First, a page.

The Supreme Court handed down one of the most high-profile decisions of its term, the lethal injection case Baze v. Rees. The Court upheld Kentucky’s use of the execution method, holding that “that petitioners have not shown that the risk of an inadequate dose of the first drug is substantial.”
Chief Justice Roberts wrote the plurality opinion in which Justices Kennedy and Alito joined. Justices Stevens, Scalia, Thomas, Breyer, and Alito wrote opinions concurring with the majority. Justice Ginsburg filed a dissenting opinion that was joined by Justice Souter.
Chief Justice Roberts’ plurality struck at the idea that states must elimate all threats of pain in their methods of execution.
Some risk of pain is inherent in any method of execution—no matter how humane—if only from the prospect of error in following the required procedure. It is clear, then, that the Constitution does not demand the avoidance of all risk of pain in carrying out executions.
They also rejected the idea that a single mishap or ‘innocent misadventure’ with a method of execution does not suggest cruelty. The plurality balked at the idea that a prisoner should be able to argue against any method of execution that may have a “slight or marginally safter alternative.” By their reasoning, Courts would become boards of review for every inmate’s gripes about their particular form of execution and the courts would ultimately have to accept any alternatives that have a hypothetical marginal benefit. The plurality summed up their arguments succinctly:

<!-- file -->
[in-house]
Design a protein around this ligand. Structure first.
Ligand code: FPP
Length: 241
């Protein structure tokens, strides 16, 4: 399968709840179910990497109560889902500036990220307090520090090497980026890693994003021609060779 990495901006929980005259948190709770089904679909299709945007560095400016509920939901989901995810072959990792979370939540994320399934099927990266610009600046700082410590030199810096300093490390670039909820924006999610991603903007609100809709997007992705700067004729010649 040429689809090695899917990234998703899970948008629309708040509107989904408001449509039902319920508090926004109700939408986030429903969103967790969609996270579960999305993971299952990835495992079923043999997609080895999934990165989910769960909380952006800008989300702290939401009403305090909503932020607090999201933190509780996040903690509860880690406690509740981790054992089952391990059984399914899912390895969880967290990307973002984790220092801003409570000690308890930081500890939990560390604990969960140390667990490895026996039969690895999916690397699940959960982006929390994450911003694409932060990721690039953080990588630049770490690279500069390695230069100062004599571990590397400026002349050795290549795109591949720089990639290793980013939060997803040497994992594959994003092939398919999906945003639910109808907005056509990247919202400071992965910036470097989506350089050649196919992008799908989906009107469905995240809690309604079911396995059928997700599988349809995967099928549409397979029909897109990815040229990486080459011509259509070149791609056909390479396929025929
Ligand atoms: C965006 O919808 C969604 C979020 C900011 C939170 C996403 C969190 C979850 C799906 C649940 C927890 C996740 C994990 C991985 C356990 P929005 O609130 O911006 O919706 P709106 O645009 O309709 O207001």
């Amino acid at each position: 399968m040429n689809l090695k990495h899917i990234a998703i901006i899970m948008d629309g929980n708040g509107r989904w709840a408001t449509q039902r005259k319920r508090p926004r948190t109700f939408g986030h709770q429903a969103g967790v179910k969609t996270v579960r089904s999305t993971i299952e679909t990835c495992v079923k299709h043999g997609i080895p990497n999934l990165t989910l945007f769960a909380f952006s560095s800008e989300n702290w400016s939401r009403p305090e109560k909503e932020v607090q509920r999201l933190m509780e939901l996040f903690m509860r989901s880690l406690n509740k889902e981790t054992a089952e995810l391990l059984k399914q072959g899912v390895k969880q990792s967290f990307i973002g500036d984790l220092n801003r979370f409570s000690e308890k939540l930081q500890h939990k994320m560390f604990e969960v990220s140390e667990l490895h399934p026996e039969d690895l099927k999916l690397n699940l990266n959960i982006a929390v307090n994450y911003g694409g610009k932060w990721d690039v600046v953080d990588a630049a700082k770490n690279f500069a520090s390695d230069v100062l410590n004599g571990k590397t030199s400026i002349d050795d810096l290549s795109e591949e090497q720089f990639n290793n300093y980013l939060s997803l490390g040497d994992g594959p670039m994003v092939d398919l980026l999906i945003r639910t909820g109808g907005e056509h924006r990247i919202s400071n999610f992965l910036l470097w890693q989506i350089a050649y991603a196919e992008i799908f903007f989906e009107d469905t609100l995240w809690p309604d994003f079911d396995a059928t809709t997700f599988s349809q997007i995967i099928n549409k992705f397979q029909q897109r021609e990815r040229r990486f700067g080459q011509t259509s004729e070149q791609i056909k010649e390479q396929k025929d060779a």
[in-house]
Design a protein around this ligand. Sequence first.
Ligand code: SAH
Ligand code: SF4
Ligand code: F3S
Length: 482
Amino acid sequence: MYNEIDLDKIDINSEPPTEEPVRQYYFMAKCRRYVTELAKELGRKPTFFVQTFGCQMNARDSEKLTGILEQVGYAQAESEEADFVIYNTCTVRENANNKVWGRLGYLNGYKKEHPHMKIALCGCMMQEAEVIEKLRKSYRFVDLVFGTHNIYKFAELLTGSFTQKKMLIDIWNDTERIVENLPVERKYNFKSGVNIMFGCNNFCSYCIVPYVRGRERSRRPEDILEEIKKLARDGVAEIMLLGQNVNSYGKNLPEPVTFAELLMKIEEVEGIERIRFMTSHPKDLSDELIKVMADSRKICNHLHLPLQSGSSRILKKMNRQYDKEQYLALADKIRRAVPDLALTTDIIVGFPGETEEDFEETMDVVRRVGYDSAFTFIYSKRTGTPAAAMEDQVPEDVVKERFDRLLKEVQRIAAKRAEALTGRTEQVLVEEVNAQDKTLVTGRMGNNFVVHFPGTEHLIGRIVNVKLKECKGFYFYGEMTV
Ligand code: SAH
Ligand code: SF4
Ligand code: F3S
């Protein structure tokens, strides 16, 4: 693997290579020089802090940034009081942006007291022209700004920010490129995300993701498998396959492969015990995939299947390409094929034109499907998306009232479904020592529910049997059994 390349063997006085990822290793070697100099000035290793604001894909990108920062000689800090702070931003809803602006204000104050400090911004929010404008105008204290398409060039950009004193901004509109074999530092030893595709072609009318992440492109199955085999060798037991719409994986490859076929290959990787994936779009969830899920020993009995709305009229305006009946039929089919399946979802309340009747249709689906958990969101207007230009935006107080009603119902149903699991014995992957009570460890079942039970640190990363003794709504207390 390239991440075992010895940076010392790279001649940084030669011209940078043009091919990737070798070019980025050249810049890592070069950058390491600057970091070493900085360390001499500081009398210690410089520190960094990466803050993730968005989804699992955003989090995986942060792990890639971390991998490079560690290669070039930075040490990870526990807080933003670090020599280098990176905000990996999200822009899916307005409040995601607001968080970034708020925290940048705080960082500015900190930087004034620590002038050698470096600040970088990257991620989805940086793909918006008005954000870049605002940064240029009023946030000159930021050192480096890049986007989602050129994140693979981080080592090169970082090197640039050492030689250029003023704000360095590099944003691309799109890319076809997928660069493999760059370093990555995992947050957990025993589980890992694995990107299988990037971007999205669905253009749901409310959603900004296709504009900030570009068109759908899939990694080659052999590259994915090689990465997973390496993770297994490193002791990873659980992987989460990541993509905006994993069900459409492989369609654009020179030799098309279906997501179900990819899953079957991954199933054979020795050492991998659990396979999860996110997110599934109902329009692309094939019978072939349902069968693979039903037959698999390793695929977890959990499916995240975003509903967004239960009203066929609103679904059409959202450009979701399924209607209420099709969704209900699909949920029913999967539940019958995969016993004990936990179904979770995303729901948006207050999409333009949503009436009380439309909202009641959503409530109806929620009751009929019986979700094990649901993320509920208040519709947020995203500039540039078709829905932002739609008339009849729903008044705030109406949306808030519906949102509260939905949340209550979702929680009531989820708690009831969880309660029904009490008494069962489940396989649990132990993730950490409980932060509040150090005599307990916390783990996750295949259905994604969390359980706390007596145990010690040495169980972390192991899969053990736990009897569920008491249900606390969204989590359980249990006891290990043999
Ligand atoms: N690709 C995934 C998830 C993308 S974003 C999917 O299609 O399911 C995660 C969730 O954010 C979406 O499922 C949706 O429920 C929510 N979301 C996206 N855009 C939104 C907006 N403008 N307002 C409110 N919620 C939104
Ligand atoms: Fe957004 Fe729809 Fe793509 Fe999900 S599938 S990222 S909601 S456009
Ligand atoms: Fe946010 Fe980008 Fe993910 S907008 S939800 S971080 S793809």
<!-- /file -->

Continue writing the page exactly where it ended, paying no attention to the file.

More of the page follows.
Instead, the proffered alternatives must effectively address a “substantial risk of serious harm.” Farmer, supra, at 842. To qualify, the alternative procedure must be feasible, readily implemented, and in fact significantly reduce a substantial risk of severe pain. If a State refuses to adopt such an alternative in the face of these documented advantages, without a legitimate penological justification for adhering to its current method of execution, then a State’s refusal to change its method can be viewed as “cruel and unusual” under the Eighth Amendment.
Justice Alito’s concurrence further clarifies his view that standard for review of a method of execution based on risk are very high. He fears a court system that is flooded with contests like this one and seeks to limit the cases that may arise in the future.